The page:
Q. I know that it’s usual for adolescents to reject their parents to some degree but my son (11) has been coming out with some very explicit insults about me. After school today, when I have said not a word except, “Hello”, he replied “You’re so annoying.” I said that I felt it was an unkind thing to say (he has said it a number of times lately) and he said, “Well it’s true, you do annoy me – a lot.” I asked if he wanted to sleep at his friend’s on the weekend and he said, “Yes, so I don’t have to see you.” At other times he chatters away happily, wants to tell me things and is physically affectionate. The previous time I said, “What is it about me that annoys you?” and prior to that had let it pass. I can brush it off and not take it personally a few times but when it’s repeated, it’s hard not to feel angry and hurt. I don’t expect a growing young person to hang out with Mum, but I give him the best of my care and kindness and all he feels is “annoyed”? It’s not that he says it that I have a problem with – it’s that he feels it. Please help with how to interpret and respond to this.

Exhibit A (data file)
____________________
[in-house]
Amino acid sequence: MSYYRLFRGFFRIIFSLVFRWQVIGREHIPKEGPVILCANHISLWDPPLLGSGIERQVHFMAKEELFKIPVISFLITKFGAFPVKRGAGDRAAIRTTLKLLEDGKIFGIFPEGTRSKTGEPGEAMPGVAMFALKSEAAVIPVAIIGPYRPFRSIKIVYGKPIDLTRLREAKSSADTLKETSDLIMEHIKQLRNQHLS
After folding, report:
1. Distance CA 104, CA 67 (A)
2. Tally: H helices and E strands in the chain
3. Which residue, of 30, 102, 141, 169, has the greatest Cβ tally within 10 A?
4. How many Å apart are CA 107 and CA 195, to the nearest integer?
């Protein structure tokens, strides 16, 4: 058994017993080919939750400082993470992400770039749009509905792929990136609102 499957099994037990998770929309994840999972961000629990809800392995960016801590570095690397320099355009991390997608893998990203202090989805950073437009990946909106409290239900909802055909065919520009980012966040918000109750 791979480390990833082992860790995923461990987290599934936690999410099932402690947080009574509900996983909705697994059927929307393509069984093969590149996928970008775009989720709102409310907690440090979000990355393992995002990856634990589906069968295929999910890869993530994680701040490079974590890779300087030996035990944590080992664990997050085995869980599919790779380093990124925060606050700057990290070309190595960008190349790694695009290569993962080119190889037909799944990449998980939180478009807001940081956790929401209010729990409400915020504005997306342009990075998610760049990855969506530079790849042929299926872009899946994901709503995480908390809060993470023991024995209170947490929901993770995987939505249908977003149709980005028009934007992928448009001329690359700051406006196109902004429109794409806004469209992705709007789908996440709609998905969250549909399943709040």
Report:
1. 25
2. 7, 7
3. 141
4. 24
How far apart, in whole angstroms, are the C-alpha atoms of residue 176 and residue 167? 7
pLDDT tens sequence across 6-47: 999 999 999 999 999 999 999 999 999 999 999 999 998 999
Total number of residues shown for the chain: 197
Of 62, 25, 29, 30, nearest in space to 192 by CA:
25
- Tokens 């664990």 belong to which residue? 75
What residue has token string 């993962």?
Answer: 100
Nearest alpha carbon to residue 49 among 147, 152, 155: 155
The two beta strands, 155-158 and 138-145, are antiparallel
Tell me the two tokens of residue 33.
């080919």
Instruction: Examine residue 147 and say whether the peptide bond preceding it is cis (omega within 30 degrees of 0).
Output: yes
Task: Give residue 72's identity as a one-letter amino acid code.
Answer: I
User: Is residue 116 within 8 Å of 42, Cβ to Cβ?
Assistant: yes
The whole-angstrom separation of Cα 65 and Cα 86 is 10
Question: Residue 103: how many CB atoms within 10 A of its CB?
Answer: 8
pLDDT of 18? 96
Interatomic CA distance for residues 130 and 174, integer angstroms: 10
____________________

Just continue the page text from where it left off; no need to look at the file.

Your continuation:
A. I had the worst year ever with my daughter when she was 11. As you know, she was my “difficult” child and I learned so much from parenting her. At 11, her brother went away to school, and she hated being the only one, feeling like she was being watched all the time. She threw a lot of nasty barbs my way, which I didn’t always duck from (but should have). So, I know the hurt you are feeling. I wish I knew then what I know now.
I know you are a long time connective parent and so I’m assuming his remarks are not in response to power over/punitive parenting. My guess is that there is something else going on with him and he’s taking it out on you.